Take the 2-minute tour ×
Stack Overflow is a question and answer site for professional and enthusiast programmers. It's 100% free, no registration required.

The MSDN article, How to: Write a Move Constuctor, has the following recommendation.

If you provide both a move constructor and a move assignment operator for your class, you can eliminate redundant code by writing the move constructor to call the move assignment operator. The following example shows a revised version of the move constructor that calls the move assignment operator:

// Move constructor.
MemoryBlock(MemoryBlock&& other)
   : _data(NULL)
   , _length(0)
   *this = std::move(other);

Is this code inefficient by doubly initializing MemoryBlock's values, or will the compiler be able to optimize away the extra initializations? Should I always write my move constructors by calling the move assignment operator?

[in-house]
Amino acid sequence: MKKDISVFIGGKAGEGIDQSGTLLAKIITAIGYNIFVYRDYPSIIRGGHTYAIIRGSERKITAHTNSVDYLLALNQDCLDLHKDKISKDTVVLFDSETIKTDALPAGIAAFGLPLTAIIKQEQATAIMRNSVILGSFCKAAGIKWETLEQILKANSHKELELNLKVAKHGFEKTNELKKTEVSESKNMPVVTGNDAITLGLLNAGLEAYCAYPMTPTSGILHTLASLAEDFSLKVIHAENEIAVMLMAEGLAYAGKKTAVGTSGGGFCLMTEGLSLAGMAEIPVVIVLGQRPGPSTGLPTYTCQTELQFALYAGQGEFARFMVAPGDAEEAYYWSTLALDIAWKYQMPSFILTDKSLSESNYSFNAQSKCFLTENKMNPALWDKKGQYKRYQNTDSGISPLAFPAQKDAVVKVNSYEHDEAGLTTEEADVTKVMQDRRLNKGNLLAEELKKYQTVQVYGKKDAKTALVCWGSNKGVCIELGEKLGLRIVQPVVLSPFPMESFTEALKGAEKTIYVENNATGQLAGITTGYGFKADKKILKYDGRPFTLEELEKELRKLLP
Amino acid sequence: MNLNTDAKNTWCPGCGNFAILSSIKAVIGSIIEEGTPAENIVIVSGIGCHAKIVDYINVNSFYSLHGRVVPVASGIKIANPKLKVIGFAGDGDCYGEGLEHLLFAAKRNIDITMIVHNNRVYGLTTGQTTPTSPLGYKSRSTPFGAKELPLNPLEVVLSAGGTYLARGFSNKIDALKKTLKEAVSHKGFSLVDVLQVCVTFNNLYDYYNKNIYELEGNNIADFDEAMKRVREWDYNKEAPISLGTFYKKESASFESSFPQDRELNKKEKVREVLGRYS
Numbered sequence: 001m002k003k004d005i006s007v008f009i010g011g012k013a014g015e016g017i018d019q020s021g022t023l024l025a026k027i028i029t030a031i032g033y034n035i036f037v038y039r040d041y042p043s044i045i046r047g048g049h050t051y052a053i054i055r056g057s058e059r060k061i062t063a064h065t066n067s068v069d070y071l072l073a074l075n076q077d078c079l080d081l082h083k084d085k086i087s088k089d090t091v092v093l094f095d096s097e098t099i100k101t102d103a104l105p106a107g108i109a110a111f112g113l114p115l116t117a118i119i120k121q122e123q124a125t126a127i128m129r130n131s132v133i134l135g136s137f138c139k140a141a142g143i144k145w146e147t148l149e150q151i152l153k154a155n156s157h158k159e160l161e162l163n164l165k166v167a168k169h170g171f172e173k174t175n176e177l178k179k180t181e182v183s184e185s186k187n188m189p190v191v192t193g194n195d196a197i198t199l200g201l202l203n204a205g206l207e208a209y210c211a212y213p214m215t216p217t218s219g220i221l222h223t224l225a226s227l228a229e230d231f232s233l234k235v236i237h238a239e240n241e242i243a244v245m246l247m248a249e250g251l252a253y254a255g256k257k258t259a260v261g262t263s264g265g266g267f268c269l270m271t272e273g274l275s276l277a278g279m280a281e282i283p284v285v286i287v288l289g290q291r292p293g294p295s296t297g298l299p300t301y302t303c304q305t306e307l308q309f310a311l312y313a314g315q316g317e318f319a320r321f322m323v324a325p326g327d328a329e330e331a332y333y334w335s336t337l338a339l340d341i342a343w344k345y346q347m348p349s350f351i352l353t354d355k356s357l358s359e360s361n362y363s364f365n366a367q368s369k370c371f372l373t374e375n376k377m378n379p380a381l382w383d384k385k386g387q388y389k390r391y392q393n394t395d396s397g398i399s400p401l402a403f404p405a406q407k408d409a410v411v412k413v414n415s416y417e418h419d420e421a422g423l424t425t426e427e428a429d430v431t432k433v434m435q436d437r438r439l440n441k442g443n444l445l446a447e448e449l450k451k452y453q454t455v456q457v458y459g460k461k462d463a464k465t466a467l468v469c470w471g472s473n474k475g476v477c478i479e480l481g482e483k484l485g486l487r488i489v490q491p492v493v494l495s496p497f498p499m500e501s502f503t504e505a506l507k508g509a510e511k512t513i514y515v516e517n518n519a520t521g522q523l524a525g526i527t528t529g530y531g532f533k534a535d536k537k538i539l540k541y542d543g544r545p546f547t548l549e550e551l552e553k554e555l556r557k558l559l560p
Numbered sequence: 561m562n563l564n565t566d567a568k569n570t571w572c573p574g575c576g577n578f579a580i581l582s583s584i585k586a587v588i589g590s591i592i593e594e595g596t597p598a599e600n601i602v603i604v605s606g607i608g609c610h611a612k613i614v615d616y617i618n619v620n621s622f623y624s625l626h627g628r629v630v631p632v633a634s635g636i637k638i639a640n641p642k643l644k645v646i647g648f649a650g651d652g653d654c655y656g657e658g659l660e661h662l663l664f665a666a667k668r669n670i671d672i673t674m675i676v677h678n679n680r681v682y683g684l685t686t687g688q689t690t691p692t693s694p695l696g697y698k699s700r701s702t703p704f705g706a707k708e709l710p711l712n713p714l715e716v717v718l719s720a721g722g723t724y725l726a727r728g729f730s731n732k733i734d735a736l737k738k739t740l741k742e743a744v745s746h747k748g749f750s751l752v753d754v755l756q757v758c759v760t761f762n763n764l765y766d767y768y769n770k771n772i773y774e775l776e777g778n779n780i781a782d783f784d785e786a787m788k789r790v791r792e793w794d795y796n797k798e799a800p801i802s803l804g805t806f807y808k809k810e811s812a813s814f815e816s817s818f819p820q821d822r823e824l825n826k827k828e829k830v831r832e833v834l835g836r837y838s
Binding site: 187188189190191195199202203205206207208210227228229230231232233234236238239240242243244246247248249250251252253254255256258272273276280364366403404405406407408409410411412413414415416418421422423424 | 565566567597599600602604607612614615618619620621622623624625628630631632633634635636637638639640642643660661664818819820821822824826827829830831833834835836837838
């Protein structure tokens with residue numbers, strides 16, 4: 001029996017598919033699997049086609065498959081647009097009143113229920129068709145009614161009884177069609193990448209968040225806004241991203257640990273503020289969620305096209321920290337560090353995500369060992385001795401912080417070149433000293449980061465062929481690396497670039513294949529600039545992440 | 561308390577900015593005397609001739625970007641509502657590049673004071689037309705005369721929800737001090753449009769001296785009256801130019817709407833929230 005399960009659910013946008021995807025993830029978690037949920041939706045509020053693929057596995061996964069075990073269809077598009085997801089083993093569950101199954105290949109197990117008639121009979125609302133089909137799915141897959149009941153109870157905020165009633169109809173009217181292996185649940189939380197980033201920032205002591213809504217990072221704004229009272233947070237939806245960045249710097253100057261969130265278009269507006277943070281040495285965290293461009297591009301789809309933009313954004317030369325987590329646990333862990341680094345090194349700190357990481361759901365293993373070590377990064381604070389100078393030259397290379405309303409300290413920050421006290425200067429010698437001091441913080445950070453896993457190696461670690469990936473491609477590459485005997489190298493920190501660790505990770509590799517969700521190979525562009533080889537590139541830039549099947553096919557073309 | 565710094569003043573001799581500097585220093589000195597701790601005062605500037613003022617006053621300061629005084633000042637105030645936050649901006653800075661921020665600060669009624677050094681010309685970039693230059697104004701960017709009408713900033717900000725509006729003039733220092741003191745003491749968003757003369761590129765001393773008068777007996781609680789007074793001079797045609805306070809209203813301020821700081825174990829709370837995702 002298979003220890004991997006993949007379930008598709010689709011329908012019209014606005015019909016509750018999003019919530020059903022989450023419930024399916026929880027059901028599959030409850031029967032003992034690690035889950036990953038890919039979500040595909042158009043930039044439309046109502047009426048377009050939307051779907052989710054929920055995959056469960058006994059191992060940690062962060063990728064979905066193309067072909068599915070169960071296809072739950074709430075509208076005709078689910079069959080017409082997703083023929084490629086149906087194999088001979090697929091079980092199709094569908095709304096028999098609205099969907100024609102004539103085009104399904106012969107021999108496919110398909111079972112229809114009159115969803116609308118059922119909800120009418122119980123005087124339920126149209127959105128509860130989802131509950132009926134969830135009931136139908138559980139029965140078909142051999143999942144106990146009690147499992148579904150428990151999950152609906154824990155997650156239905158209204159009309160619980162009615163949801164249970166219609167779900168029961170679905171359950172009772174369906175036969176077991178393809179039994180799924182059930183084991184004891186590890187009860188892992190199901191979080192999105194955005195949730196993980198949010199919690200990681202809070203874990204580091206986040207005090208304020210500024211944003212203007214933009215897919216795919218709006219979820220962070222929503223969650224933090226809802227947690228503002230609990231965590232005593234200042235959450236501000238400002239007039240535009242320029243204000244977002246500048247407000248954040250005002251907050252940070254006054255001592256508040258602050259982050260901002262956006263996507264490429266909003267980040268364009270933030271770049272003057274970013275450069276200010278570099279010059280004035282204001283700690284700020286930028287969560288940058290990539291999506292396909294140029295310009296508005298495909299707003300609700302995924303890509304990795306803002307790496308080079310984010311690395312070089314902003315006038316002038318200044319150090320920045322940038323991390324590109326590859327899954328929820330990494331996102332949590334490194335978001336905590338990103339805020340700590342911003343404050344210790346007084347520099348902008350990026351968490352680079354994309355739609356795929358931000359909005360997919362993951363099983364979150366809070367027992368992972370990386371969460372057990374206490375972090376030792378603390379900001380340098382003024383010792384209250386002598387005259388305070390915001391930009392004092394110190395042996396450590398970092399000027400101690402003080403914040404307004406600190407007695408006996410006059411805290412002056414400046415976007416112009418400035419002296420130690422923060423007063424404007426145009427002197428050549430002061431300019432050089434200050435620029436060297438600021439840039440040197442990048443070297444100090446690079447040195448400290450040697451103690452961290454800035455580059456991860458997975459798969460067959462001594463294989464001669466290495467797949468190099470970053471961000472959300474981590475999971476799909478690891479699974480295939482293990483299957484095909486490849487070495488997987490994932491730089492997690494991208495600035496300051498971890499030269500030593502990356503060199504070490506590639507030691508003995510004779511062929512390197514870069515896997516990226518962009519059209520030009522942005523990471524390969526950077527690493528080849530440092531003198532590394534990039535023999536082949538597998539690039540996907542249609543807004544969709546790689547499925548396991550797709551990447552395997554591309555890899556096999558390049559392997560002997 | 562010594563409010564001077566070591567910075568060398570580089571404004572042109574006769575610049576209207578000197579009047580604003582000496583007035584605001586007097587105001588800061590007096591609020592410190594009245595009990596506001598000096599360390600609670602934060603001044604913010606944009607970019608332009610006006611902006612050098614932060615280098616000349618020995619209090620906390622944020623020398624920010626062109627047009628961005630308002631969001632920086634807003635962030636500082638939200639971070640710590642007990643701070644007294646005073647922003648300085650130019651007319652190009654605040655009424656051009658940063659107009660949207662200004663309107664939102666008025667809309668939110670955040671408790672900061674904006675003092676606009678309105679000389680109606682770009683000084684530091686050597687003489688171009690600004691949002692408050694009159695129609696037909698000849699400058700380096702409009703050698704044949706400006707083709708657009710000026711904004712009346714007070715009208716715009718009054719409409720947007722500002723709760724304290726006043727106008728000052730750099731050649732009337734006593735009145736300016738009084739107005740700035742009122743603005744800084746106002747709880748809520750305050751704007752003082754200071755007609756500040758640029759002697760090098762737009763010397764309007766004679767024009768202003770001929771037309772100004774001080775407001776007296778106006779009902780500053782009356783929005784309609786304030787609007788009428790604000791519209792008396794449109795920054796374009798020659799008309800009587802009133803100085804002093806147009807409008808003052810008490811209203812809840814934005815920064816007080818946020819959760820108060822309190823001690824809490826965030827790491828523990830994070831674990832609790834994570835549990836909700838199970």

share|improve this question

4 Answers 4

up vote 8 down vote accepted

I wouldn't do it this way. The reason for the move members to exist in the first place is performance. Doing this for your move constructor is like shelling out megabucks for a super-car and then trying to save money by buying regular gas.

If you want to reduce the amount of code you write, just don't write the move members. Your class will copy just fine in a move context.

If you want your code to be high performance, then tailor your move constructor and move assignment to be as fast as possible. Good move members will be blazingly fast, and you should be estimating their speed by counting loads, stores and branches. If you can write something with 4 load/stores instead of 8, do it! If you can write something with no branches instead of 1, do it!